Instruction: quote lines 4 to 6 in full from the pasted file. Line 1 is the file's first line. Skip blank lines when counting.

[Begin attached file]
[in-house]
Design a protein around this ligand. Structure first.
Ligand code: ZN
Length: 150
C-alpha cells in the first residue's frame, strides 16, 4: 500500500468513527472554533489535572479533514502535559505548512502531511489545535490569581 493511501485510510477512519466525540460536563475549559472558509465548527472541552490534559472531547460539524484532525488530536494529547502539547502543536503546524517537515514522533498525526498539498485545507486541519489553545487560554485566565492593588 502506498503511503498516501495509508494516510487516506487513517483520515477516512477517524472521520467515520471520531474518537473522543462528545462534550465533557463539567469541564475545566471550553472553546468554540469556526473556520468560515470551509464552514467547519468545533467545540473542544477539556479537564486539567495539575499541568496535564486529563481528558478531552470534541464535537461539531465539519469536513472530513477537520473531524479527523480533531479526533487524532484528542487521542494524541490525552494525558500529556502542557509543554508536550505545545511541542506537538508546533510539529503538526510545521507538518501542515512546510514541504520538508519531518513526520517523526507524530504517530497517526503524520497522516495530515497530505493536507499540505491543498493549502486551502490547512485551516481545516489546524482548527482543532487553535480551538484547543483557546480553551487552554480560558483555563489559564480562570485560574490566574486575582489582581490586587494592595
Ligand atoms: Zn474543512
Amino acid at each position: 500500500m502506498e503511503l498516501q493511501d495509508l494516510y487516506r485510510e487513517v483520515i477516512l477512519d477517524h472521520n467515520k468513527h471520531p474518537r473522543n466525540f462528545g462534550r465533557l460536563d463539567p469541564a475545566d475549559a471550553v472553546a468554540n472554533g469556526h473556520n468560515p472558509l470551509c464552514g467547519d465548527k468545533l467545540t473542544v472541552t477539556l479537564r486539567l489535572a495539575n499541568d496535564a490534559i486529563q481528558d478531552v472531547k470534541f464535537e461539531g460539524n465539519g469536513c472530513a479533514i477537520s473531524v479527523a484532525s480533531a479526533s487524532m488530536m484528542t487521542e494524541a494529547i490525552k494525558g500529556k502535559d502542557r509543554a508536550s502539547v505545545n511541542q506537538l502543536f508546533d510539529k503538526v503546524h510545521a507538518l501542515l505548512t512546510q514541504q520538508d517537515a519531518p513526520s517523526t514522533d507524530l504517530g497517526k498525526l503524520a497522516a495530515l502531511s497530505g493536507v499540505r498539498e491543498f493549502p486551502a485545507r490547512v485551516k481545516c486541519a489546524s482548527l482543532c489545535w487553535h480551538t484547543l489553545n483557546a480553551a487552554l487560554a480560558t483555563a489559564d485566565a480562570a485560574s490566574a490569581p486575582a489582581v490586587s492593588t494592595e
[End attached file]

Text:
Length: 150
C-alpha cells in the first residue's frame, strides 16, 4: 500500500468513527472554533489535572479533514502535559505548512502531511489545535490569581 493511501485510510477512519466525540460536563475549559472558509465548527472541552490534559472531547460539524484532525488530536494529547502539547502543536503546524517537515514522533498525526498539498485545507486541519489553545487560554485566565492593588 502506498503511503498516501495509508494516510487516506487513517483520515477516512477517524472521520467515520471520531474518537473522543462528545462534550465533557463539567469541564475545566471550553472553546468554540469556526473556520468560515470551509464552514467547519468545533467545540473542544477539556479537564486539567495539575499541568496535564486529563481528558478531552470534541464535537461539531465539519469536513472530513477537520473531524479527523480533531479526533487524532484528542487521542494524541490525552494525558500529556502542557509543554508536550505545545511541542506537538508546533510539529503538526510545521507538518501542515512546510514541504520538508519531518513526520517523526507524530504517530497517526503524520497522516495530515497530505493536507499540505491543498493549502486551502490547512485551516481545516489546524482548527482543532487553535480551538484547543483557546480553551487552554480560558483555563489559564480562570485560574490566574486575582489582581490586587494592595
Ligand atoms: Zn474543512